Health Minister Jean-Yves Duclos says the federal government will commit another $2 billion to help provincial health systems work through their surgical and diagnostic backlogs caused by the COVID-19 pandemic.
The money, included in the newly tabled Bill C-17, follows a $4-billion top-up to the federal health transfer last summer and is expected to be a one-time payment, distributed equally based on population.
Throughout the pandemic hospitals across the country had to delay non-emergency procedures to make way for urgent COVID-19 cases.
That has led to delayed care for millions of Canadians, on top of already lengthy wait lists for many procedures and diagnostic tests.
In a report released last month, the Ontario Medical Association estimated the pandemic had delayed 21 million patient services in that province alone, including surgeries for preventative care, cancer screenings and diagnostic tests.
In addition, it said doctors are reporting that patients “who would have been diagnosed and treated sooner are coming in later and sicker” because of the pandemic.
“These delays are a burden that can be very hard to bear for the affected patients, their families and their loved ones, as well as for the health-care workers caring for them,” Duclos said.
The Liberals promised an immediate $6-billion investment to address backlogs during the 2021 federal election campaign.
A spokesperson for Newfoundland and Labrador’s health department said this money “is greatly needed” and will help address the effects of COVID-19.
Provinces and territories have been asking for an increase to the Canada Health Transfer so they can make more sustainable changes to address the stress on their health-care systems.
After a Council of the Federation meeting in February, the premiers called on the federal government to up its share of health spending to 35 per cent, from 22 per cent.
In a written statement to The Canadian Press, Sonia LeBel, the Quebec treasury board president, said Friday’s announcement “represents a first temporary step regarding the federal government’s financial contribution to health care.”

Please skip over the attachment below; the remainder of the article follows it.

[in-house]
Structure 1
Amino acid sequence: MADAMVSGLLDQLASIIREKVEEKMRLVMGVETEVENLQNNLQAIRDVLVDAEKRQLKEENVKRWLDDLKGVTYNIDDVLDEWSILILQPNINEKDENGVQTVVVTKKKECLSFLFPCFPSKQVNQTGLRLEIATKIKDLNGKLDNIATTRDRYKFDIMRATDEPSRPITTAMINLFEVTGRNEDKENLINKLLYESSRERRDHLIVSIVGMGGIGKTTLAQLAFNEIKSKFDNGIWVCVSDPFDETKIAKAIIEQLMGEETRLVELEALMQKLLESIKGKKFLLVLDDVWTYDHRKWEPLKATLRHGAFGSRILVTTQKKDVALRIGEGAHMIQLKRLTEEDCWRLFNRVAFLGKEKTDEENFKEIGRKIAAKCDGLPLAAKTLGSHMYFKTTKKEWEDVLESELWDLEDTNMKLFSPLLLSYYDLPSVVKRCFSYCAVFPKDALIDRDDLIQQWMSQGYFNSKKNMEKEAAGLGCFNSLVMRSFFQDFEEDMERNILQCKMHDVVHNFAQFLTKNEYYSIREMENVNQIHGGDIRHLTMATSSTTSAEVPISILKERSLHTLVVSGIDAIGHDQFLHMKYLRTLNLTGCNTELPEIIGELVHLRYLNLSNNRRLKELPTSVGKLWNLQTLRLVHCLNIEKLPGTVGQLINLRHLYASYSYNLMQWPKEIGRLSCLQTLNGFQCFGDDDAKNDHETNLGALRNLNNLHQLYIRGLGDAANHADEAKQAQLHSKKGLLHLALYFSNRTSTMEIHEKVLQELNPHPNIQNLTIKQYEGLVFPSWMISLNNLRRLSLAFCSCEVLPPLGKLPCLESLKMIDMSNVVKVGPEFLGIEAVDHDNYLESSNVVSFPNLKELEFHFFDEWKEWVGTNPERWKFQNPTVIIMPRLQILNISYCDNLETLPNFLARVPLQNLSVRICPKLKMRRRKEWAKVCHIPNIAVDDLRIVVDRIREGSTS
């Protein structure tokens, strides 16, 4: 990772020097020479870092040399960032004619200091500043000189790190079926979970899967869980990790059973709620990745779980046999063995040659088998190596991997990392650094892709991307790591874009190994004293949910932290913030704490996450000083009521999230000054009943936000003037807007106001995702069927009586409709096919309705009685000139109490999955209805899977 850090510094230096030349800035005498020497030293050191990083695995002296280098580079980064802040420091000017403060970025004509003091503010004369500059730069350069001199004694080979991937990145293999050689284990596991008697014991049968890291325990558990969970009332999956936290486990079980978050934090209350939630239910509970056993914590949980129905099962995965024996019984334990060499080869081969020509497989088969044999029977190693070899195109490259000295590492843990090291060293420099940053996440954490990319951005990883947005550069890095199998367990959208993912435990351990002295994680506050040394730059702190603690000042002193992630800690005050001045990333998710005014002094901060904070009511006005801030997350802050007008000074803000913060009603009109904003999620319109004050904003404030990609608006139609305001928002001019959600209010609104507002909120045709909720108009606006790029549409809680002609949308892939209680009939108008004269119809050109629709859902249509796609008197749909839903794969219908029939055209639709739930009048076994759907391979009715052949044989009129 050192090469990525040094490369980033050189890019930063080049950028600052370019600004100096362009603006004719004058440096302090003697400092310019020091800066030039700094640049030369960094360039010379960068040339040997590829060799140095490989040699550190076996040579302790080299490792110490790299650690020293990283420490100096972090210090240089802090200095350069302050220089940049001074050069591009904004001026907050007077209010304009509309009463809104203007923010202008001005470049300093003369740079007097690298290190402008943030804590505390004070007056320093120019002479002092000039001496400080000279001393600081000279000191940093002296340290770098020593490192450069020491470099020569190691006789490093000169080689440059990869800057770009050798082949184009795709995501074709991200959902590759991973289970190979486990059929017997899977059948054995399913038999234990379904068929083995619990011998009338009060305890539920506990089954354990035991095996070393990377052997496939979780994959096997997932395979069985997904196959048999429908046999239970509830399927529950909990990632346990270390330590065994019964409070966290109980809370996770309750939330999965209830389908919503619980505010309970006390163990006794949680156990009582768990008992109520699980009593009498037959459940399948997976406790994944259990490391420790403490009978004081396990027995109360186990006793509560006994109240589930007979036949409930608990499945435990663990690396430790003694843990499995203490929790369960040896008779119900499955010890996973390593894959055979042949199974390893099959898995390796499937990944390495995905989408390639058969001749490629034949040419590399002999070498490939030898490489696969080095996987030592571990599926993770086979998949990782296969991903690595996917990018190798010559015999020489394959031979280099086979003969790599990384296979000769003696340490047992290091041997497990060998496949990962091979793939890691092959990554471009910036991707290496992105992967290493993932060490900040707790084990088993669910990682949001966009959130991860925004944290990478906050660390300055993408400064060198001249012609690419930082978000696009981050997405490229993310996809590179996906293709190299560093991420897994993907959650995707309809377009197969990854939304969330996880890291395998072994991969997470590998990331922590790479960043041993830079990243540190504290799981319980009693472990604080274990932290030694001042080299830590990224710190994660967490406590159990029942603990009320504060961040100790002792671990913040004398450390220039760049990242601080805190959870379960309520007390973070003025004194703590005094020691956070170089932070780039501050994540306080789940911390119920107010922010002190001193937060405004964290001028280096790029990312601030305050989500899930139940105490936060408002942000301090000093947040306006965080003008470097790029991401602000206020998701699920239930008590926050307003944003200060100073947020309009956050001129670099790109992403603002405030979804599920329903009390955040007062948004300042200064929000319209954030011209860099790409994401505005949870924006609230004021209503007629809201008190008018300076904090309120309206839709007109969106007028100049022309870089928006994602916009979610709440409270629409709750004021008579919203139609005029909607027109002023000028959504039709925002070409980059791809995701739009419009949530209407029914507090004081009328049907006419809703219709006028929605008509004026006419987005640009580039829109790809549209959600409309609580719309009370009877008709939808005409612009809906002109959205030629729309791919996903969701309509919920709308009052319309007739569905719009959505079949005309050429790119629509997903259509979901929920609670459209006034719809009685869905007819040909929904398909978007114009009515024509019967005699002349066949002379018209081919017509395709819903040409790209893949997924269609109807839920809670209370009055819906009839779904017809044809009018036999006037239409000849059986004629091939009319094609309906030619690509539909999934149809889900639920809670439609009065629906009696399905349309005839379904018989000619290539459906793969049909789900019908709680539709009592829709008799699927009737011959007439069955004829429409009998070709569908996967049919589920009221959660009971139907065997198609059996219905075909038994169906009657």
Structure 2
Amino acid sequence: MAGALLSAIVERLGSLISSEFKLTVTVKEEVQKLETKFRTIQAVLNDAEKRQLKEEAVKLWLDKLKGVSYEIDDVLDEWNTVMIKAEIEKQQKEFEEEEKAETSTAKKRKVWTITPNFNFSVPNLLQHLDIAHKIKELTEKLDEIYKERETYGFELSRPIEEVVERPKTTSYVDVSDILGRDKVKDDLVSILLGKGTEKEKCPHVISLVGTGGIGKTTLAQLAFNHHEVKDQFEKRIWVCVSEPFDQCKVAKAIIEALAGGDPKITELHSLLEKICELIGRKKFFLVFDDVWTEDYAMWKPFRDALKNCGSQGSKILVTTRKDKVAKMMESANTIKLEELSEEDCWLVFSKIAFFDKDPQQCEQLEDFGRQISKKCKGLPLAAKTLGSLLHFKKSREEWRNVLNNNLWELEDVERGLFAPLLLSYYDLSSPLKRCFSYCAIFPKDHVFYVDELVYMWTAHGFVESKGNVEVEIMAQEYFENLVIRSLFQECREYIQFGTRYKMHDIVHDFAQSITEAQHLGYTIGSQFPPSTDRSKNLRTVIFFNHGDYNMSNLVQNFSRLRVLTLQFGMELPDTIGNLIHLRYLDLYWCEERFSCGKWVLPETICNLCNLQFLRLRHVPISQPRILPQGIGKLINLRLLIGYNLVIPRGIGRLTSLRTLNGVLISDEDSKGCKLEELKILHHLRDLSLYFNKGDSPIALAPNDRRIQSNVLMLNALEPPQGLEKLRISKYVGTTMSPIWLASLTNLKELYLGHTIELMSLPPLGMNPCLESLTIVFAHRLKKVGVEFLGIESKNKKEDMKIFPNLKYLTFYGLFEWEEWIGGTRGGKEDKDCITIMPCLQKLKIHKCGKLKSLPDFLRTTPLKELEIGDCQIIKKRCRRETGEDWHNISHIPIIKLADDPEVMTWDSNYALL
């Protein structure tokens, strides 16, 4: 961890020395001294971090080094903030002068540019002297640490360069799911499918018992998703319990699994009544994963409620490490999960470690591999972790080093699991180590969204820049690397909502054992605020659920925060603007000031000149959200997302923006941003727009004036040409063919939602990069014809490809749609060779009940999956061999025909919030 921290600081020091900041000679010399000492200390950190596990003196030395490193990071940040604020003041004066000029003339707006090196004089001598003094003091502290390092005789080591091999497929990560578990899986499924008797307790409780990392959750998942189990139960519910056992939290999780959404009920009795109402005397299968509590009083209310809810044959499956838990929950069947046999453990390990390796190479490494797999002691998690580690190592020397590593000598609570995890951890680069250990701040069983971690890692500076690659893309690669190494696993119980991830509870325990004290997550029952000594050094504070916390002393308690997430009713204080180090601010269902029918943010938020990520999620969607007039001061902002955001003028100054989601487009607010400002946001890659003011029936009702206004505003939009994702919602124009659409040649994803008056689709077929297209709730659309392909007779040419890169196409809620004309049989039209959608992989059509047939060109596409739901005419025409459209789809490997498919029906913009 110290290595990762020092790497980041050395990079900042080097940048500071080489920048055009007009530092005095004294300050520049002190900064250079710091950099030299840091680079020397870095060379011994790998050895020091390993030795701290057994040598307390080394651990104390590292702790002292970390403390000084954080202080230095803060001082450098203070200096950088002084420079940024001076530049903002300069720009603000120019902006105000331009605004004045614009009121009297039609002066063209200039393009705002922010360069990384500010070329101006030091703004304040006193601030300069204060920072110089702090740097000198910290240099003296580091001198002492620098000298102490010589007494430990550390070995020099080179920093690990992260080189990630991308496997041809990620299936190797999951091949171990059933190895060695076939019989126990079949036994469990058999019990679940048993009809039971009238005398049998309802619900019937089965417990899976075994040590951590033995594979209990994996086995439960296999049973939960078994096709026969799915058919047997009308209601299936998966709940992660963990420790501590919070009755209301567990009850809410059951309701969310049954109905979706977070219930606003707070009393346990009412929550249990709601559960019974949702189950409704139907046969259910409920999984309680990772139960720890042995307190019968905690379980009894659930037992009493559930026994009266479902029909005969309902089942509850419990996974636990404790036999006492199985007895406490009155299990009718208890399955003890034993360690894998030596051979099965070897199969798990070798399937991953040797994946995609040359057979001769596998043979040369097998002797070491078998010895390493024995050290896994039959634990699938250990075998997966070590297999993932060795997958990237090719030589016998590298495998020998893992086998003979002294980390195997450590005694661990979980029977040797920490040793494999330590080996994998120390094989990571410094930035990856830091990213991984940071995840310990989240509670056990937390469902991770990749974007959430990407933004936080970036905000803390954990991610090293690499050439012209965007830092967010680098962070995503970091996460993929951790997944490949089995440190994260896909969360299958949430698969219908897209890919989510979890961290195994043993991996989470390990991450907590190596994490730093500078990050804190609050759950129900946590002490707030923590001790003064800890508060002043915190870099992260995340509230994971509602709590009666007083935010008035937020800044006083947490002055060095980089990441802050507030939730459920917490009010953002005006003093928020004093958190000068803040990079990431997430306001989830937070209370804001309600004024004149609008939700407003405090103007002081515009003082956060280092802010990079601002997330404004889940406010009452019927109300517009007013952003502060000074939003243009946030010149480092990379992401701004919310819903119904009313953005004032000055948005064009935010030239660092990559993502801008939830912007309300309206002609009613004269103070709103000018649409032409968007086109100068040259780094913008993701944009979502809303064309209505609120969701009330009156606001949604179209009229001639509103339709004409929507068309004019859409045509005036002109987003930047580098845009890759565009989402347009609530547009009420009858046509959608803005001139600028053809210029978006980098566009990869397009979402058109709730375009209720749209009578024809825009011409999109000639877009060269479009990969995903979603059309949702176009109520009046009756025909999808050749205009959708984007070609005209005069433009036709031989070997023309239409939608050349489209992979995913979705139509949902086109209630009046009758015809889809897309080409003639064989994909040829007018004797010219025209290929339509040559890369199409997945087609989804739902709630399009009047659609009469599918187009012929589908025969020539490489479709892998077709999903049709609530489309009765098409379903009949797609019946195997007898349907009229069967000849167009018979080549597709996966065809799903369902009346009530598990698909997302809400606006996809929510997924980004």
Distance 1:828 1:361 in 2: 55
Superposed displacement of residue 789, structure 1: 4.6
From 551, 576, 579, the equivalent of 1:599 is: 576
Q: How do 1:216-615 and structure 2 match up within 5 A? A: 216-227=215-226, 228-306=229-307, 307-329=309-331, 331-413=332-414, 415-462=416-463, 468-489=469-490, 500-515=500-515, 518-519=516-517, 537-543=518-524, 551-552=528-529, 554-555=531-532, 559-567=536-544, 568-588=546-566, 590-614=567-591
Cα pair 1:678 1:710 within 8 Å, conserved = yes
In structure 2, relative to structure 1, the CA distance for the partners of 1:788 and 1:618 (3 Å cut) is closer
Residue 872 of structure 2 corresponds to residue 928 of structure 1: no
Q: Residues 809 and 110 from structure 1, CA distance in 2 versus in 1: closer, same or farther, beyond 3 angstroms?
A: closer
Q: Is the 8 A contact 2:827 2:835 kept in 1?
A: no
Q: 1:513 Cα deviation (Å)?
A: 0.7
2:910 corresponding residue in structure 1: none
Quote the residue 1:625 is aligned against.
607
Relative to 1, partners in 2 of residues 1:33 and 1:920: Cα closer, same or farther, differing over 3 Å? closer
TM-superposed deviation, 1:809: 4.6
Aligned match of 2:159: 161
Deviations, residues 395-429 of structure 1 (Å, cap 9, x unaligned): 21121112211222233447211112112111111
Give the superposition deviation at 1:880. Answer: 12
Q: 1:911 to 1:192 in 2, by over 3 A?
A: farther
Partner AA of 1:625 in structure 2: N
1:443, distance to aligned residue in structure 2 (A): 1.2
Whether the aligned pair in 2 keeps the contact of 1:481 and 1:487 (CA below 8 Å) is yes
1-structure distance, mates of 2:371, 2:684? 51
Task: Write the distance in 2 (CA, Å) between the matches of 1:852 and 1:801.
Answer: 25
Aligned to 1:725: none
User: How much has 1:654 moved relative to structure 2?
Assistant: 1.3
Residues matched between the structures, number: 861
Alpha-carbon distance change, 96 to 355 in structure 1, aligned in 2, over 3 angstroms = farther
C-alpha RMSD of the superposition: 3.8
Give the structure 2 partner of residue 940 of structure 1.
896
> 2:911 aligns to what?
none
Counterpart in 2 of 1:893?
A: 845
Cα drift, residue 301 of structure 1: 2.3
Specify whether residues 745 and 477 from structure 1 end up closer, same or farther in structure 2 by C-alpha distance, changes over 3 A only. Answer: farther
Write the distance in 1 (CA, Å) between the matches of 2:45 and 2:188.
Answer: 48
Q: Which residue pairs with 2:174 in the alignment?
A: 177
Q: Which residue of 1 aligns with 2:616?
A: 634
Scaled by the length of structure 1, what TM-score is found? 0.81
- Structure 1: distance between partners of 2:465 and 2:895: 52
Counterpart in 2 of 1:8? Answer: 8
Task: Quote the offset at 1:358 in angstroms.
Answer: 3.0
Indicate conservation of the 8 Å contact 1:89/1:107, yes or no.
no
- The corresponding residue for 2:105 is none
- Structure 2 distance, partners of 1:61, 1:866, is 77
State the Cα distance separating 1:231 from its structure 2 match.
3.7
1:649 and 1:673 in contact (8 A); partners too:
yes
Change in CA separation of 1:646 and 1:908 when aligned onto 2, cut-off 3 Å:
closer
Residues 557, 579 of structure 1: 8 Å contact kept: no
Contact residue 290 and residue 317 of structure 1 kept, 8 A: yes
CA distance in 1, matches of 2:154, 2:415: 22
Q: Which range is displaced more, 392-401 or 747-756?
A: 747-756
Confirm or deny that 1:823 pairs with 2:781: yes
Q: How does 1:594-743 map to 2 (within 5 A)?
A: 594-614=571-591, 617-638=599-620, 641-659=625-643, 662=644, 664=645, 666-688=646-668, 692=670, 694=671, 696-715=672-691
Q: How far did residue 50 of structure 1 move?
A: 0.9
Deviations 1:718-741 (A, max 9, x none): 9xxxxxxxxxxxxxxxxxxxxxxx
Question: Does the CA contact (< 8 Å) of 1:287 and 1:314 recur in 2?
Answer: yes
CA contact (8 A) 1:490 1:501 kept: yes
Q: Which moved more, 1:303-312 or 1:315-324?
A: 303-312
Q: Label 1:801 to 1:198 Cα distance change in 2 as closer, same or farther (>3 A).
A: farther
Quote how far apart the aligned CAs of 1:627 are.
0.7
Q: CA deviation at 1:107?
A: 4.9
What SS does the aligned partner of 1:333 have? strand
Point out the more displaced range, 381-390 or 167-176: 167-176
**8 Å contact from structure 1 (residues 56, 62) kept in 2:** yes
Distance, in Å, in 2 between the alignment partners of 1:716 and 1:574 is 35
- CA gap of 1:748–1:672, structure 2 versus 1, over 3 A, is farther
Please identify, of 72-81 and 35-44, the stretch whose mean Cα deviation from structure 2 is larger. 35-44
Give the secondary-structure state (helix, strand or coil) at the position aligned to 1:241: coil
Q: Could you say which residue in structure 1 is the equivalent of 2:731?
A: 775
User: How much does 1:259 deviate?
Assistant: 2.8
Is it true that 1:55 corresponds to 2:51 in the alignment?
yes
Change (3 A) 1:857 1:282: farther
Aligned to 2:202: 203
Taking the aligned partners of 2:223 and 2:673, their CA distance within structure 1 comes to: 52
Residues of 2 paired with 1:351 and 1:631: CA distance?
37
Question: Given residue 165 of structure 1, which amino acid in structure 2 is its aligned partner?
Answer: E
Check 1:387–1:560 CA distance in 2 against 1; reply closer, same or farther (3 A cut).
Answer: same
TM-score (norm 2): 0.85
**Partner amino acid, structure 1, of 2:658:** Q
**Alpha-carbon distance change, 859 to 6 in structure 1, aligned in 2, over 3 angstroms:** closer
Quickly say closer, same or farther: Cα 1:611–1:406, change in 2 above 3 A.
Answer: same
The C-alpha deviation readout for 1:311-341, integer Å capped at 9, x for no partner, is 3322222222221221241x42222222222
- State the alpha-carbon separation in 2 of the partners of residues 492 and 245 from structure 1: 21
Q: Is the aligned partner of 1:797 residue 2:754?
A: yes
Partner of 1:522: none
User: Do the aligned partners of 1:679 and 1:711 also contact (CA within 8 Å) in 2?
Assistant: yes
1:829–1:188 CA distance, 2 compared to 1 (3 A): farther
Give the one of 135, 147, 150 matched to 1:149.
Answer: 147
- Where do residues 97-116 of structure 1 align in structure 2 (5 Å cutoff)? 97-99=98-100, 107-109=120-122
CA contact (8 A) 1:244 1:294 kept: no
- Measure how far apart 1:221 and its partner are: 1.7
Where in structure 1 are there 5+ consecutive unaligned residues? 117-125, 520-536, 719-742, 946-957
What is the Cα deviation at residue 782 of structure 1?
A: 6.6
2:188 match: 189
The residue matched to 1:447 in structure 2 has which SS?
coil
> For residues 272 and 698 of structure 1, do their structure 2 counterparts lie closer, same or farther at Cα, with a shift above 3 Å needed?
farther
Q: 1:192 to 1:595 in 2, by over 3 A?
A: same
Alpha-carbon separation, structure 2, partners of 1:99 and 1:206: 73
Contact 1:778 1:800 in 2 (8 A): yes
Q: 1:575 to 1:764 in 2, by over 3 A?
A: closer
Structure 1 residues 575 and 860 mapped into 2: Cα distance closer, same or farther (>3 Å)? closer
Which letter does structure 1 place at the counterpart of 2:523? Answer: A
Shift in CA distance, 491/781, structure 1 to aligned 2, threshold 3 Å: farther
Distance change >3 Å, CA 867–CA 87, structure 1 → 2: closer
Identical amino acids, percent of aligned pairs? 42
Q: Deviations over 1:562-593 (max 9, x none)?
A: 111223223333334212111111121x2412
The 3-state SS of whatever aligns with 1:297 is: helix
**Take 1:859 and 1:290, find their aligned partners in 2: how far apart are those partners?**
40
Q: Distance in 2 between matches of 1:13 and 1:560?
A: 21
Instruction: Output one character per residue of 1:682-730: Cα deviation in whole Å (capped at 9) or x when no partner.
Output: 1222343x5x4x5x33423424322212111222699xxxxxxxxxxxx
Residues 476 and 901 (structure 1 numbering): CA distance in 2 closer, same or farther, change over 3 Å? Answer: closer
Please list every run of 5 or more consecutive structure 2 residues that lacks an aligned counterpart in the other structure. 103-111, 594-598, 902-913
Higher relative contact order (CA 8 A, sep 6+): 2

But she added that a long-term, unconditional increase is needed, a sentiment echoed by other provinces.
“This one-time investment does not replace or address the call from all premiers for the federal government to engage with provinces on long-term funding through the Canada Health Transfer,” said a statement from the office of Saskatchewan Premier Scott Moe.
Moe’s government has promised $21 million in funding in its 2022-23 budget to address the surgical backlog, about one-quarter of which will go to the private sector to increase capacity.
When asked how money alone will address the ongoing challenges of recruiting health care staff and increasing surgical capacity, Duclos was adamant that “this level of support at this time will make a difference.”
He also said the system needs to be built up in the long term.
“We need to acknowledge that if we do not act quickly and decisively, the long-term survival of the universal and public health system Canadians cherish is at risk,” Duclos said.
He laid out what he called a vision for collaboration with the provinces and territories on health care, citing bilateral deals the government has made in child care and housing as an example.
“Canadians are not interested in a jurisdictional debate or a fiscal or financial fight.”
This collaboration will focus on five priority areas: backlogs and recruitment and retention of health-care workers; access to primary care; long-term care and home care; mental health and addictions; and digital health and virtual care.
Dr. Katharine Smart, president of the Canadian Medical Association, said in a statement Friday that physicians support those priorities. She said COVID-19 has exposed cracks in a universal health care system that was “not designed to address the evolving needs of its population” and that this has left doctors “feeling helpless.”
“Our message to governments at every level: rebuilding our battered health system and offering relief to an exhausted and burnt-out workforce should be a shared priority,” Smart said.
Conservative health critic Michael Barrett urged the Liberals to go to the negotiating table with provinces and territories to come up with a sustainable solution to the health crisis.
Bill C-17 would also provide municipalities the authority to deal with transit shortfalls and improve housing supply and affordability, in partnership with the provinces and territories.
The federal government already announced a transfer of $750 million, a one-time payment to help cities maintain service levels despite decreased transit ridership as a result of the pandemic.
—Laura Osman and Sarah Ritchie, The Canadian Press